Section 35P of the National Security Amendment Bill prompted the usual suspects, and some who should know better, to fits of frothing about Australia’s police state and jackboots in the night. Once again, as we have seen so often when ASIO is mentioned, hysteria was trumping history
Unimaginable things can happen now, things that Australians have only read about in books. Now officials can break the law with immunity from prosecution—and without having to answer to a court. They can act in total secrecy. They will decide what they do and to whom and when. They do not have to ask permission. They will choose when to interfere in your life and when they won’t. Sometimes they will do it because it is necessary to fight crime. Sometimes because they enjoy it.
—Alison Bevege, Sydney Morning Herald, Age, September 29, 2014
This passage from the Fairfax Press discussing the powers allegedly given to Australian intelligence officers under the new National Security Amendment Bill was written by a journalist who argues it turns Australia into “Stasiland”, an equivalent of the former communist regime of East Germany.
Unfortunately, her appraisal of the new legislation was not alone. In her wake came a horde of supporters from the news media and politics. Speaking on behalf of his members, the secretary of the journalists’ union MEAA, Chris Warren, declared:
This Bill criminalises legitimate journalist reporting of matters in the public interest. It overturns the public’s right to know. It persecutes and prosecutes whistleblowers and journalists who are dealing with whistleblowers. It imposes outrageous surveillance on journalists and the computer networks of their media employers.
Although Labor did not vote against the legislation, much the same response was made in the House of Representatives when it was debated. Independent MP Andrew Wilkie said it was exploiting fears about terrorism to turn Australia into a “police state”. Greens MP Adam Bandt said the legislation would prevent journalists from reporting that ASIO had killed people in special operations. In fact, he said, journalists could go to jail for ten years for simply reporting the existence of special operations.
Even some prominent conservatives joined the fray. Foreign editor of the Australian, Greg Sheridan, described the bill as “a terrible piece of legislation that fundamentally alters the balance of power between the media and the government”. It did this by giving the government the ability to declare a particular topic a “special intelligence operation” and thus prevent journalists from publishing classified information leaked to them by a public servant. Human Rights Commissioner Tim Wilson agreed the legislation restricted press freedom.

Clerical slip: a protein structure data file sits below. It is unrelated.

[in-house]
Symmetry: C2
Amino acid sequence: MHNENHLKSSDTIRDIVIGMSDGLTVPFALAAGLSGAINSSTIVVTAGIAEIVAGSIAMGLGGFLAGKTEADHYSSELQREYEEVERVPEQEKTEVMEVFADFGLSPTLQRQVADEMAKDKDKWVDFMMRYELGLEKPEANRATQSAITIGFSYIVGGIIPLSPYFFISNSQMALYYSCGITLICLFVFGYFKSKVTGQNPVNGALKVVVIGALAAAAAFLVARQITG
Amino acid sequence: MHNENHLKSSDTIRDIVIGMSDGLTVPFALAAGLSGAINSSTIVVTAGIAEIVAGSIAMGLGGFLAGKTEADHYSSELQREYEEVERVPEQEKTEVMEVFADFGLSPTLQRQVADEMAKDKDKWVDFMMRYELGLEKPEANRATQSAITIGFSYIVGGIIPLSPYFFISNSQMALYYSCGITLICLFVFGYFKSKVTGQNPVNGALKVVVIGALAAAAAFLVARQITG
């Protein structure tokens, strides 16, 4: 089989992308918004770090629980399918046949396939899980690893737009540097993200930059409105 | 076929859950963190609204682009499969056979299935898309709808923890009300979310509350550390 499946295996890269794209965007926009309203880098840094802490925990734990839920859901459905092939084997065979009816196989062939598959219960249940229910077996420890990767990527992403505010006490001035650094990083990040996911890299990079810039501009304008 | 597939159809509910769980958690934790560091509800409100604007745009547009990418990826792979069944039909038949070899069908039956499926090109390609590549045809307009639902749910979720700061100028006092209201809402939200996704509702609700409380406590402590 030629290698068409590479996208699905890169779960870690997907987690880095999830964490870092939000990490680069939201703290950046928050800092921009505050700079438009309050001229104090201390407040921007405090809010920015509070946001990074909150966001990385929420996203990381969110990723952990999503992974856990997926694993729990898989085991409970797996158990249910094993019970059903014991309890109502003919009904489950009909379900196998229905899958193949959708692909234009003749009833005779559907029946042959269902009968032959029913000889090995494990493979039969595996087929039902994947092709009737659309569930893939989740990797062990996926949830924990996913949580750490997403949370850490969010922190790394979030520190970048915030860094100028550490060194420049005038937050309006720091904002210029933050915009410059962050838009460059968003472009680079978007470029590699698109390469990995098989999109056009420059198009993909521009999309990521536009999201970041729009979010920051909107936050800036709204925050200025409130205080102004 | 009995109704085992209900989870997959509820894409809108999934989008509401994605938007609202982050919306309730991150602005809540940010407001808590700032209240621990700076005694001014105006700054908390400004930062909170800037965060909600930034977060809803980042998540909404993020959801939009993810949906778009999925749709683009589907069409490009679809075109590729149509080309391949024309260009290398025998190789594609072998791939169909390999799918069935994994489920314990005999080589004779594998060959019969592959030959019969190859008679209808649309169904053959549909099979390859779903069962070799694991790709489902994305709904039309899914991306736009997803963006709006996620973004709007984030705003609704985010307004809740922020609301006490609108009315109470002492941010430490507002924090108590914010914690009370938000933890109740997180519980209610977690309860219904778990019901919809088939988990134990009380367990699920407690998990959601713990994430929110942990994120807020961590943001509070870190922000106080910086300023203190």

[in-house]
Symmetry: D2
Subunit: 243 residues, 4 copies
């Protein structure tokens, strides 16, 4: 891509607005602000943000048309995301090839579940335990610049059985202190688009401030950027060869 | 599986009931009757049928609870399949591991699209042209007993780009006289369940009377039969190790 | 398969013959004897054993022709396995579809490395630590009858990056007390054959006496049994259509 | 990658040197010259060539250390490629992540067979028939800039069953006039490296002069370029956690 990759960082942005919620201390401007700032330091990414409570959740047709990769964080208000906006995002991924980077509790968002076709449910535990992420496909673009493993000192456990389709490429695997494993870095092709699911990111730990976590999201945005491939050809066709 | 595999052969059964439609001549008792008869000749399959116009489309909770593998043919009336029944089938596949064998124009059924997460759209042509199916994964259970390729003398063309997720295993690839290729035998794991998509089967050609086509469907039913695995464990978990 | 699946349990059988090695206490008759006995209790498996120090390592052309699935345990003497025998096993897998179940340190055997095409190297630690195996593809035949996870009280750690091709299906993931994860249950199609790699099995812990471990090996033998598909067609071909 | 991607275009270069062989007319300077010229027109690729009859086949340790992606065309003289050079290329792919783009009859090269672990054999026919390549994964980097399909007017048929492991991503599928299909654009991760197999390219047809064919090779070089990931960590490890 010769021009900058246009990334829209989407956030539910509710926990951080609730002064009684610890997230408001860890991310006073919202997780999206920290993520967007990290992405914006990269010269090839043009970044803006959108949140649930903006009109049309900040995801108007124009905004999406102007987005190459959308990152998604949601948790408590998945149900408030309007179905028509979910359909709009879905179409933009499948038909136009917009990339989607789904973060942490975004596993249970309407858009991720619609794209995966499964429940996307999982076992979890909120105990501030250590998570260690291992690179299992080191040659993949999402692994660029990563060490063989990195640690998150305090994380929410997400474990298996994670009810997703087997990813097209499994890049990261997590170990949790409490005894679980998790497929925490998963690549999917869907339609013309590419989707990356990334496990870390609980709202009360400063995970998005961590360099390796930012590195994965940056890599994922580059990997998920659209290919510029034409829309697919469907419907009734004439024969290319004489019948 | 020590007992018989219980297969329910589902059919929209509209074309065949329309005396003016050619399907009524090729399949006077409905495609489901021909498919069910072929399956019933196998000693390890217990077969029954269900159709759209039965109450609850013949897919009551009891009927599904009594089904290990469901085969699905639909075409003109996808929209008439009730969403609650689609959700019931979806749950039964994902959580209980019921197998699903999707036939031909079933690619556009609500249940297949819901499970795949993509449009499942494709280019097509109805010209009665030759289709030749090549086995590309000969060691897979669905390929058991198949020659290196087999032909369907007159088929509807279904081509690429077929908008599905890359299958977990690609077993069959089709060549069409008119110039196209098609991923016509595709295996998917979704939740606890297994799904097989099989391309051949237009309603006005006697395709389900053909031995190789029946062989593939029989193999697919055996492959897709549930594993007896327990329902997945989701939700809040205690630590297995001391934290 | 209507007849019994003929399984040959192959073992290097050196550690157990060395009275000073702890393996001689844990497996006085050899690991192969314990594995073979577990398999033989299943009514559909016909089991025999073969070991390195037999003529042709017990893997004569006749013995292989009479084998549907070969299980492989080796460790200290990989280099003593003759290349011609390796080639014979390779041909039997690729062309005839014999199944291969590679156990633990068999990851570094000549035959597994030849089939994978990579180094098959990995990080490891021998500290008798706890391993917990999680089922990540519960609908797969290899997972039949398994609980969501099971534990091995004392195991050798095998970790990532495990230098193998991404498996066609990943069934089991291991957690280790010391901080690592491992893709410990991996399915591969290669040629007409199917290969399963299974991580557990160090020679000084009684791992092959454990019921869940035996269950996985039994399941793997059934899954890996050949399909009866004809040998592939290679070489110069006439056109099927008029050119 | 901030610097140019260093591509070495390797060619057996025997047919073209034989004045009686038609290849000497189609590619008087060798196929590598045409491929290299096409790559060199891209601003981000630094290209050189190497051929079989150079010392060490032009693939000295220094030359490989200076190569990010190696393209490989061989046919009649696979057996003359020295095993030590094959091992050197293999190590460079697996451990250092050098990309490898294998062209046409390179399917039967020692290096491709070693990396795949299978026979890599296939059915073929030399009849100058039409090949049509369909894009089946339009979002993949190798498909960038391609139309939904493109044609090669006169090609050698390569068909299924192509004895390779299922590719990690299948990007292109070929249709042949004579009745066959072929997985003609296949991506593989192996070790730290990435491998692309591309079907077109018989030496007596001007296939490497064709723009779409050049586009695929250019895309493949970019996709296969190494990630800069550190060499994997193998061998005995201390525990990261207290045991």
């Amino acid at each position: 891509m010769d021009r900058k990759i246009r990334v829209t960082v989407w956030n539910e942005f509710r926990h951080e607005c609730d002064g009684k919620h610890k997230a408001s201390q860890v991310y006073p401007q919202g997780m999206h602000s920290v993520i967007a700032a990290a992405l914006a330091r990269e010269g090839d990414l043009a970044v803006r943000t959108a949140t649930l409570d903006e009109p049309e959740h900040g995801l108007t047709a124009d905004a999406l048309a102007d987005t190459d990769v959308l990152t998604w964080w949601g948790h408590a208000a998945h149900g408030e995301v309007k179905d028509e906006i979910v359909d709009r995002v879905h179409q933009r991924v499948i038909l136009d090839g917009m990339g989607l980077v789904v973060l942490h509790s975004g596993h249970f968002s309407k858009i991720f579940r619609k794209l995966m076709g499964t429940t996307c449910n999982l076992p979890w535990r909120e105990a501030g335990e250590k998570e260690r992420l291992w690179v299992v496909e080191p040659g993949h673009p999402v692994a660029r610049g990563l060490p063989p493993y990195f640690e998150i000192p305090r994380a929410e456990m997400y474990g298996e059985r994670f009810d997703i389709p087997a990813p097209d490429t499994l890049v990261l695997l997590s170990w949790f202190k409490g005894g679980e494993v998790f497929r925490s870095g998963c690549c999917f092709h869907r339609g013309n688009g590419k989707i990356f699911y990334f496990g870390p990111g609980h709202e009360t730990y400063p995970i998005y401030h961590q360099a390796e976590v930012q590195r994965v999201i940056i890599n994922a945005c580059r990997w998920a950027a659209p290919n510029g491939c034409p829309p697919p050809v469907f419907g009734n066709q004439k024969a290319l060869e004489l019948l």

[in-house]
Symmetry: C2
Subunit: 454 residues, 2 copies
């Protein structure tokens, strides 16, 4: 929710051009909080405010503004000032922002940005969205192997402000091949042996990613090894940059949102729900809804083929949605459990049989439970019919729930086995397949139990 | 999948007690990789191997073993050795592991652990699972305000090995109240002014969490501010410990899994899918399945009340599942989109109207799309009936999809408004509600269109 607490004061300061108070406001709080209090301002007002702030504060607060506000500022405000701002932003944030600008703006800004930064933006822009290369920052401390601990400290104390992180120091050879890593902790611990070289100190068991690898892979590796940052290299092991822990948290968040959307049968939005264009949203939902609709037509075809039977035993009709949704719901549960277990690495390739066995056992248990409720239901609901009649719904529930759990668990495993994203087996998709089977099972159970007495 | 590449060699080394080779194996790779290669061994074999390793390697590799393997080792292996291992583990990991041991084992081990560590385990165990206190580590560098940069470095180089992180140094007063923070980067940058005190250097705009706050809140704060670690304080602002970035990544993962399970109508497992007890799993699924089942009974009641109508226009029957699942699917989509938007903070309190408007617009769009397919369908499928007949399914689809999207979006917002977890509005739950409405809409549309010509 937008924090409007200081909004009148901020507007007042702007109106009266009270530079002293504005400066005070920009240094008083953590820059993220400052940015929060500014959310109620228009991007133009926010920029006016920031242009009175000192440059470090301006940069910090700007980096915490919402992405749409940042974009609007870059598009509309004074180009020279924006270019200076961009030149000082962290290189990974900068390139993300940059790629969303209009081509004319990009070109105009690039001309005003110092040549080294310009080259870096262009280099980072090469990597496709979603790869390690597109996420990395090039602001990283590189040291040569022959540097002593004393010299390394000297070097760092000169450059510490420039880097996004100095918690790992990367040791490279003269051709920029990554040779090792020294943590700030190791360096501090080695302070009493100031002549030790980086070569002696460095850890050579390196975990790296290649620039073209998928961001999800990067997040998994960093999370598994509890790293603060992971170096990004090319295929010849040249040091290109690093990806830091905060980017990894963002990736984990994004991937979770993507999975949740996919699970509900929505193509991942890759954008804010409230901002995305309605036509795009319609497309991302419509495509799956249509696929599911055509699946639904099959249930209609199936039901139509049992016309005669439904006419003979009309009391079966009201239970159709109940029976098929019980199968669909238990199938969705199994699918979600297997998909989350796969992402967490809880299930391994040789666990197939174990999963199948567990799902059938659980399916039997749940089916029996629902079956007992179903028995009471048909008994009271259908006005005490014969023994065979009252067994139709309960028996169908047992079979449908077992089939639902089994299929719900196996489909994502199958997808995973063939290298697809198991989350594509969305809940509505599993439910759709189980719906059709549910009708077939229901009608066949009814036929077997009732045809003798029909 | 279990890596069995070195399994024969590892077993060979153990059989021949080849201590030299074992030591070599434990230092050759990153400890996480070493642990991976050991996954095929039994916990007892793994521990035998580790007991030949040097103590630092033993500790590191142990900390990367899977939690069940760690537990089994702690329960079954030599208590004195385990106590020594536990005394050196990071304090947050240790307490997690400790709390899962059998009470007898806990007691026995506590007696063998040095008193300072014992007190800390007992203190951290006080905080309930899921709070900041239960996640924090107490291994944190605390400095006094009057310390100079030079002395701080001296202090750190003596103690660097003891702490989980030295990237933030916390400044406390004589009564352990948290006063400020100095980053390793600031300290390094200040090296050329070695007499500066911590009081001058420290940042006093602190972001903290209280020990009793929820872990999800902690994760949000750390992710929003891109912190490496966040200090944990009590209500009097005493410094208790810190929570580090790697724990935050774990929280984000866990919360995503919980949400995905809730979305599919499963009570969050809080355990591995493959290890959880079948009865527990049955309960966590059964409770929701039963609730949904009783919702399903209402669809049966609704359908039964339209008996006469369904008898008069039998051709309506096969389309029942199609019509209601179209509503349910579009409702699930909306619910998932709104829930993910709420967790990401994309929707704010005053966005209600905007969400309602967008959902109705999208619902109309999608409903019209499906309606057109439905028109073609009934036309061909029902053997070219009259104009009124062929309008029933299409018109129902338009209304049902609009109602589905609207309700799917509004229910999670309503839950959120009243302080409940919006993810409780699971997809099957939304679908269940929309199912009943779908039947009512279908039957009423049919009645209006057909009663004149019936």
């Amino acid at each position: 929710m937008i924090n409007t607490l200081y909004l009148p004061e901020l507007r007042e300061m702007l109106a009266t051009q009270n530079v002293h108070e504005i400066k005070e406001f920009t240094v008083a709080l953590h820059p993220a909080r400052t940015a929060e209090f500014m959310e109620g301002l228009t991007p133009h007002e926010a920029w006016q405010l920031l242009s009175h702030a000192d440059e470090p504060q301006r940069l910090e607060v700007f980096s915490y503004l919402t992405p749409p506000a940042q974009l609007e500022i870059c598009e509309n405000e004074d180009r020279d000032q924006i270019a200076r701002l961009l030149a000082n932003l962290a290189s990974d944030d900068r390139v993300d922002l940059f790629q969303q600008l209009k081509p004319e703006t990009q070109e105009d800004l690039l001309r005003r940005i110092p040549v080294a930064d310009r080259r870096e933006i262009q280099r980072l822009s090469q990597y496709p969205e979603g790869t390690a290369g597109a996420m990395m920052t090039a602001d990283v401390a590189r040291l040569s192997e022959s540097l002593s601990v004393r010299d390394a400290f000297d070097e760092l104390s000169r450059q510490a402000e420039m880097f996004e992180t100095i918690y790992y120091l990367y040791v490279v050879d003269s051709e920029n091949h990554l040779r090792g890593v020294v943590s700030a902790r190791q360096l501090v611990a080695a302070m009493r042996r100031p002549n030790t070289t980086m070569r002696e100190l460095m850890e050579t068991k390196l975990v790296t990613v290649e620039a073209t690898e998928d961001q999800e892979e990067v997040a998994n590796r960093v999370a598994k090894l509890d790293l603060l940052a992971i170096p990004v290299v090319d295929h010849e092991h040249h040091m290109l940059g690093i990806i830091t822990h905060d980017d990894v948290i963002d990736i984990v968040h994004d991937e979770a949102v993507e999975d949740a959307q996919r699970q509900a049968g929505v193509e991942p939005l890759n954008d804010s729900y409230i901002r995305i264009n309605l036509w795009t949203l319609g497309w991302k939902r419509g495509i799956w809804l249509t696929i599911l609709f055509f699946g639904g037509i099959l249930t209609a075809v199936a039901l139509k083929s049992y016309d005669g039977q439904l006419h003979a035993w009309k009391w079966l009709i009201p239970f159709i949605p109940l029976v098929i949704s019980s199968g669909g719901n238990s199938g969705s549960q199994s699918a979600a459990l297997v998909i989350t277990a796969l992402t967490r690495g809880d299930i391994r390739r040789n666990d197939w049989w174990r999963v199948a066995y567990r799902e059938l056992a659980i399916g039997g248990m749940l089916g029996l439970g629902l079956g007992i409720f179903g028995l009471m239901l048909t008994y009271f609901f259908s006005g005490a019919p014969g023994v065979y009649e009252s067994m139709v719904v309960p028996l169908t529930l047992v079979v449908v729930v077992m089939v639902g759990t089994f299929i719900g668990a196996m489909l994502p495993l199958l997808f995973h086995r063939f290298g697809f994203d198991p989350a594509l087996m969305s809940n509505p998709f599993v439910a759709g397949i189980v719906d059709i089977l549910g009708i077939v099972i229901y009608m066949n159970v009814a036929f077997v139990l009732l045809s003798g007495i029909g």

At St James Ethics Centre, director Simon Longstaff said the government was justifying its curtailment of liberty on the grounds of the need to keep the Australian people safe. “The government’s assumption is that the Australian people lack the courage and commitment to choose liberty over security; that we are not brave enough to defy the terrorists’ threats and accept the cost of our freedom.”
Most of this commentary was nowhere near the mark. The legislation was targeted not primarily at journalists but at public servants. As one of the few informed analyses, by University of Queensland legal academic Rebecca Ananian-Welsh, pointed out, the offending clauses were designed as a response to the actions of dissident public sector employees like Edward Snowden, who illegally downloaded and disseminated American intelligence information to the world’s press. In a piece for The Conversation last July, long before the recent controversy arose, Ananian-Welsh wrote: “The bill makes it clear that the Australian government is seeking to protect itself against a Snowden scenario. The provisions place severe limits on ASIO officers’ capacities to handle intelligence information as any mishandling will risk criminal penalty.” She quoted George Brandis’s speech in the bill’s second reading:
As recent, high-profile international events demonstrate, in the wrong hands, classified or sensitive information is capable of global dissemination at the click of a button. Unauthorised disclosures on the scale now possible in the online environment can have devastating consequences for a country’s international relationships and intelligence capabilities.
In a bid to hose down the commotion, Brandis himself entered the debate on October 14 with an opinion piece in The Australian. He observed that complaints about the legislation had come “not just from the usual suspects of the paranoid fantasist Left but from reputable conservative commentators including Greg Sheridan”.